Nichani P, Trope GE, Buys YM, Markowitz SN, El-Defrawy SR, Ngo G, Markowitz M, Jin YP
CMAJ Open, 9(1)E224-E232
Publication year: 2021

Abstract

Background: Insurance coverage may reduce cost barriers to obtain vision correction. We determined the frequency and source of prescription eyewear insurance to understand how Canadians finance optical correction.

Methods: Insurance data from Ontario respondents to the Canadian Community Health Survey in 2003, 2005, and 2013/14 was analyzed. Unadjusted proportions and adjusted prevalence ratios (APR) of having insurance were compared.

Results: Insurance covered all or part of the costs of prescription eyewear for 62% of Ontarians in all survey years (n=42,777 in 2003, 41,766 in 2005, and 42,553 in 2013/2014). Among those insured, 84-86% had employer-sponsored coverage, 9-10% from government-sponsorship, and 6-7% via private plans. In 2005 and 2013/14, employer-sponsored coverage remained at 87% for individuals in households with post-secondary graduation, but decreased significantly for those in households without secondary school graduation, from 67.0% (95% confidence interval [CI] 63.2-70.8%, 175,000 individuals) in 2005 to 54.6% (95% CI 50.1-59.2%, 123,500 individuals) in 2013/14. Government-sponsored coverage increased significantly for individuals in households without secondary school graduation, from 29.2% (95% CI 26-33%, 76,400 individuals) in 2005 to 41.7% (95% CI 37-46%, 93,900 individuals) in 2013/14. Ontarians in households without secondary school graduation (versus those with) were less likely to report employer-sponsored coverage (APR 0.79, 95% CI 0.75-0.84), but more likely to have government-sponsored coverage (APR 1.27, 95% CI 1.06-1.53).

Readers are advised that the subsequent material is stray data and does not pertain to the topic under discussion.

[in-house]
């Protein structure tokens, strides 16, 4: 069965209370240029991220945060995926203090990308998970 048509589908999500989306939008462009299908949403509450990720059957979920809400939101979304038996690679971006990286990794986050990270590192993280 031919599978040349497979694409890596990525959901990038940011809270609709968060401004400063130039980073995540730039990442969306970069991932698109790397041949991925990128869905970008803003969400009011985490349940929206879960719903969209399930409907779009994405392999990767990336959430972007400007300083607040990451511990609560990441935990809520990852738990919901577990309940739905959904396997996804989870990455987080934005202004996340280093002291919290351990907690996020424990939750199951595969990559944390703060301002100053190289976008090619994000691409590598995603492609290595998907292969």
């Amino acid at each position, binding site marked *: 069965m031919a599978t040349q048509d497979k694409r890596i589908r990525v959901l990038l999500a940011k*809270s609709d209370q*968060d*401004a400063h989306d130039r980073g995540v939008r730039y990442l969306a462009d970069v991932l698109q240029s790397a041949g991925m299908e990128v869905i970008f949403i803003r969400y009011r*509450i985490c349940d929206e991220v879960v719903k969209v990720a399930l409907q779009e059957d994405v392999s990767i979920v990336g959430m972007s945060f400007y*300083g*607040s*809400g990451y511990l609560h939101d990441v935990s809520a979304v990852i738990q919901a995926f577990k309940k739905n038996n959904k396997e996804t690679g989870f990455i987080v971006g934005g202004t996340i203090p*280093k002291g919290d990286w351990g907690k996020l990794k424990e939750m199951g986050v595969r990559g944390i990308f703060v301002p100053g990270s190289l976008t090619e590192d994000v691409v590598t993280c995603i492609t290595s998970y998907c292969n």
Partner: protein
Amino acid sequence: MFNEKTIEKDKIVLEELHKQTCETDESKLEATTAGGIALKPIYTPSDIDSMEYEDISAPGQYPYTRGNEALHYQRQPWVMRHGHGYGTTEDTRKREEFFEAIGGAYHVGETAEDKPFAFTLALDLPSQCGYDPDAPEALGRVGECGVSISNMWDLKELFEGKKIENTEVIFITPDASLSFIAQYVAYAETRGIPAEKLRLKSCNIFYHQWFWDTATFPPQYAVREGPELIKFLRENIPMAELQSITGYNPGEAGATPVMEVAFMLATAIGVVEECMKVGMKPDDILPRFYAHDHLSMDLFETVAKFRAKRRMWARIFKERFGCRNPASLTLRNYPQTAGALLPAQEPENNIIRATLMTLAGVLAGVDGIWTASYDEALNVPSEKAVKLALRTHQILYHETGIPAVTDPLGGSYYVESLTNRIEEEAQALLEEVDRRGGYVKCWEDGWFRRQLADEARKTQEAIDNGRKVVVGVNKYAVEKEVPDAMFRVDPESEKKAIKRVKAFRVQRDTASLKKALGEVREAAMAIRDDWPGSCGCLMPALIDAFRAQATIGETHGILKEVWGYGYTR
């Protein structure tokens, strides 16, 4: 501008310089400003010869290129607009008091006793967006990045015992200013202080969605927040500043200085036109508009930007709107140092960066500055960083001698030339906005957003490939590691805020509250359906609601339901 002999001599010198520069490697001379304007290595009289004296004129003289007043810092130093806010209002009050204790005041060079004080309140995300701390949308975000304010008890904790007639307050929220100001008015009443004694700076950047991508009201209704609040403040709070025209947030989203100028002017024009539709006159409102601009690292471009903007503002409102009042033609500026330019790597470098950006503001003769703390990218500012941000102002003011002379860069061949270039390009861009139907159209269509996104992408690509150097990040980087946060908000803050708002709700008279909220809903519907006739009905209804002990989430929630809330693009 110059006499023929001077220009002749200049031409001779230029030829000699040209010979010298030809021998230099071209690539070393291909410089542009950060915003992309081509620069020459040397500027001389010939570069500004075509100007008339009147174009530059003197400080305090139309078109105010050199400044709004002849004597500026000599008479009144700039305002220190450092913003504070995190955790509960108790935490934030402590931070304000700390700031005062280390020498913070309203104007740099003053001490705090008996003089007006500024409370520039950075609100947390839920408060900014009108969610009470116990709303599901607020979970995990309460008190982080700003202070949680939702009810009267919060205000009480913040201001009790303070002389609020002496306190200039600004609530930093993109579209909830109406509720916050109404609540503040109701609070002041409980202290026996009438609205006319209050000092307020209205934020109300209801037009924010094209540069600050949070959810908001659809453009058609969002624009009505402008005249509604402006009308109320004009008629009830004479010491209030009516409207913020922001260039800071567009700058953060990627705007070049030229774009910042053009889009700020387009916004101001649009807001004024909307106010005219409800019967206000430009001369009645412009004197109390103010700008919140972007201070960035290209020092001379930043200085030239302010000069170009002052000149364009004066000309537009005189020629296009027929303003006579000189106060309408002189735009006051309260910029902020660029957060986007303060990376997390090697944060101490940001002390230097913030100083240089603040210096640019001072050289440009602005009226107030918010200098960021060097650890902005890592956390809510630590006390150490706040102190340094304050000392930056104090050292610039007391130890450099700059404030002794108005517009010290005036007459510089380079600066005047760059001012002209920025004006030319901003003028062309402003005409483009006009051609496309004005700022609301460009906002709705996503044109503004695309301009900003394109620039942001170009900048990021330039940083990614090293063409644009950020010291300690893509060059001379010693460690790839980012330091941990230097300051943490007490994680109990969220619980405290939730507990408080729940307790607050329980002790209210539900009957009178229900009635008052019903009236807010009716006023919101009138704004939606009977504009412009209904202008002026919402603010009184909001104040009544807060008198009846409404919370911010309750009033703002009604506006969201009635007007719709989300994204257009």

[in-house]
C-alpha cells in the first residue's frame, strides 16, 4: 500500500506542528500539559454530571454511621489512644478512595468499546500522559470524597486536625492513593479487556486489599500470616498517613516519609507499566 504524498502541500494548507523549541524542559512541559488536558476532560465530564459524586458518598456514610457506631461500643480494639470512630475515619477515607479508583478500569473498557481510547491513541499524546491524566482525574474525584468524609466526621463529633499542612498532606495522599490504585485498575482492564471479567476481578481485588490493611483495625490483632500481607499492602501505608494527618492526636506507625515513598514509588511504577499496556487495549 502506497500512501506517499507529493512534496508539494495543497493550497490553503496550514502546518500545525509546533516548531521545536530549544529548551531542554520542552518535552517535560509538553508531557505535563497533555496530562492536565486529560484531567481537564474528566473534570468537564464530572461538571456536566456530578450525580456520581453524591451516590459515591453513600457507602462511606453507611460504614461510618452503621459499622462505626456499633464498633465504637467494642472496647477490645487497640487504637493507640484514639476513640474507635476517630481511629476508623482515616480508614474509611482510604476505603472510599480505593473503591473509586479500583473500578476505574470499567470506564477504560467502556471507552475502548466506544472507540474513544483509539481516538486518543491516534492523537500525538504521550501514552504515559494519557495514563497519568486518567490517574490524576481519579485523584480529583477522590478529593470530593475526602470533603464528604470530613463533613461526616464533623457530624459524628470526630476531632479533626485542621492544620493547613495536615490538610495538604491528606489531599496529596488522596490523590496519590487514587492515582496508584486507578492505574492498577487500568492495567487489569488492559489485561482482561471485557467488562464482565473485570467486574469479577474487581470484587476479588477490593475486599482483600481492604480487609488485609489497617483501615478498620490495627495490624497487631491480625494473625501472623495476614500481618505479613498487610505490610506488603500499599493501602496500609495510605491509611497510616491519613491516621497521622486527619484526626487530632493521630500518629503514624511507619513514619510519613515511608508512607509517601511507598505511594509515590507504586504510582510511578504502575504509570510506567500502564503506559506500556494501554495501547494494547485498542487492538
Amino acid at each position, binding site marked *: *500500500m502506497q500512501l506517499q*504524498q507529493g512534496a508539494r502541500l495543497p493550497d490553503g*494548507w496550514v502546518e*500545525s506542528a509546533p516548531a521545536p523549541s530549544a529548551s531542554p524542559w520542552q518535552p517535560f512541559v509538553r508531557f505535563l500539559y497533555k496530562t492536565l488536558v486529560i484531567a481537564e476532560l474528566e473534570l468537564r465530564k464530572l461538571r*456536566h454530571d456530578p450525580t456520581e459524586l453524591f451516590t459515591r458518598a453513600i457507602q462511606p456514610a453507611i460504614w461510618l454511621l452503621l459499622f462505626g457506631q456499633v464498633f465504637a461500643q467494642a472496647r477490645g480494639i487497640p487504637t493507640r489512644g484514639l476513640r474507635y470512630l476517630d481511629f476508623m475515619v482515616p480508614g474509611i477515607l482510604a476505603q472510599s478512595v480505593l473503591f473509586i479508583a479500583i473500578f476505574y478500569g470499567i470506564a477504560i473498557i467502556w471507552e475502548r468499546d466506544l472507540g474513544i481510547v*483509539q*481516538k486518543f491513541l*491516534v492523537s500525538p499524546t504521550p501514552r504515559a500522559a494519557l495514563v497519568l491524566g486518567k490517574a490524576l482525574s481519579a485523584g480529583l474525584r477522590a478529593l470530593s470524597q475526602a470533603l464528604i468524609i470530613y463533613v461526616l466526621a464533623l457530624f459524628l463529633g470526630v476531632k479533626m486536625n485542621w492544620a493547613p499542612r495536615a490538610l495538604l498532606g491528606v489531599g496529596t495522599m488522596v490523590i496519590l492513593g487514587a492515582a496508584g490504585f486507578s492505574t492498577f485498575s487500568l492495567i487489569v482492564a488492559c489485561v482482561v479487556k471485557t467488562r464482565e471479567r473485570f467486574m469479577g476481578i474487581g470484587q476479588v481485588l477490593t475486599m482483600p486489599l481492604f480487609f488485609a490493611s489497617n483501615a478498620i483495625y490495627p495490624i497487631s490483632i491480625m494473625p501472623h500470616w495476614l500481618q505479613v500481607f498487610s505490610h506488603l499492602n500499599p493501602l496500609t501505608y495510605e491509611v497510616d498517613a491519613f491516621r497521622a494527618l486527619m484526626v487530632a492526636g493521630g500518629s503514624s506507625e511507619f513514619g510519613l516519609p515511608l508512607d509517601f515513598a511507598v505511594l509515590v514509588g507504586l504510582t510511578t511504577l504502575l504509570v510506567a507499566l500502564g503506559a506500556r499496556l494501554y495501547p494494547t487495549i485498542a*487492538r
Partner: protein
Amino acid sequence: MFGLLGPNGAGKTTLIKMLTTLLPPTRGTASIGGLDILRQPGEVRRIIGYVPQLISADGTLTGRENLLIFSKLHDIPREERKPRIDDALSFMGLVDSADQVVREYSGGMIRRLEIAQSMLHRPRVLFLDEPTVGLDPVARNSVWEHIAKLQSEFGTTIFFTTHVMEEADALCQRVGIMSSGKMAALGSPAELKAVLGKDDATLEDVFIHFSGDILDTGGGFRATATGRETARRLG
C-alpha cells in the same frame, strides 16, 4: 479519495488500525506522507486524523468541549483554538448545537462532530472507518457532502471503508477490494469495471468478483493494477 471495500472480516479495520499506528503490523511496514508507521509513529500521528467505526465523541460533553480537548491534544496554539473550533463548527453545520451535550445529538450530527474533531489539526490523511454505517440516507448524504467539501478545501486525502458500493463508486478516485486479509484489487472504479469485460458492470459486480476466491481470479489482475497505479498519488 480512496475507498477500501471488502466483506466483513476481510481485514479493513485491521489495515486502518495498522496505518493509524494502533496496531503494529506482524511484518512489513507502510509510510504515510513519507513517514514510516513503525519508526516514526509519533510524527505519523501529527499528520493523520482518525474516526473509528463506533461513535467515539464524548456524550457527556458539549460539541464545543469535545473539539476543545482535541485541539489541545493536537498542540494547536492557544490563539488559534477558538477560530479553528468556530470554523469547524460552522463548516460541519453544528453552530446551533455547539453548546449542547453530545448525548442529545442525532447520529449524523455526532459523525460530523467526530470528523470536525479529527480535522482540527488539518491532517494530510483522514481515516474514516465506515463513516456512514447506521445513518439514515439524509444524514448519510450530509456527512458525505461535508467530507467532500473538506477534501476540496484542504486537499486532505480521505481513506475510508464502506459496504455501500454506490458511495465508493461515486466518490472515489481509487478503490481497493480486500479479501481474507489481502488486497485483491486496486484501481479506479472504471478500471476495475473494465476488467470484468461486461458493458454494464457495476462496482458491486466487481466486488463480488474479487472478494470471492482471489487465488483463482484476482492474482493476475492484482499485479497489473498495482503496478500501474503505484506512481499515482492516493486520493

Interpretation: 62% of Ontarians had prescription eyewear insurance. The largest source of insurance was employer-sponsored, primarily covering those with higher levels of education. In recent years, government-sponsored insurance increased significantly among less-educated individuals.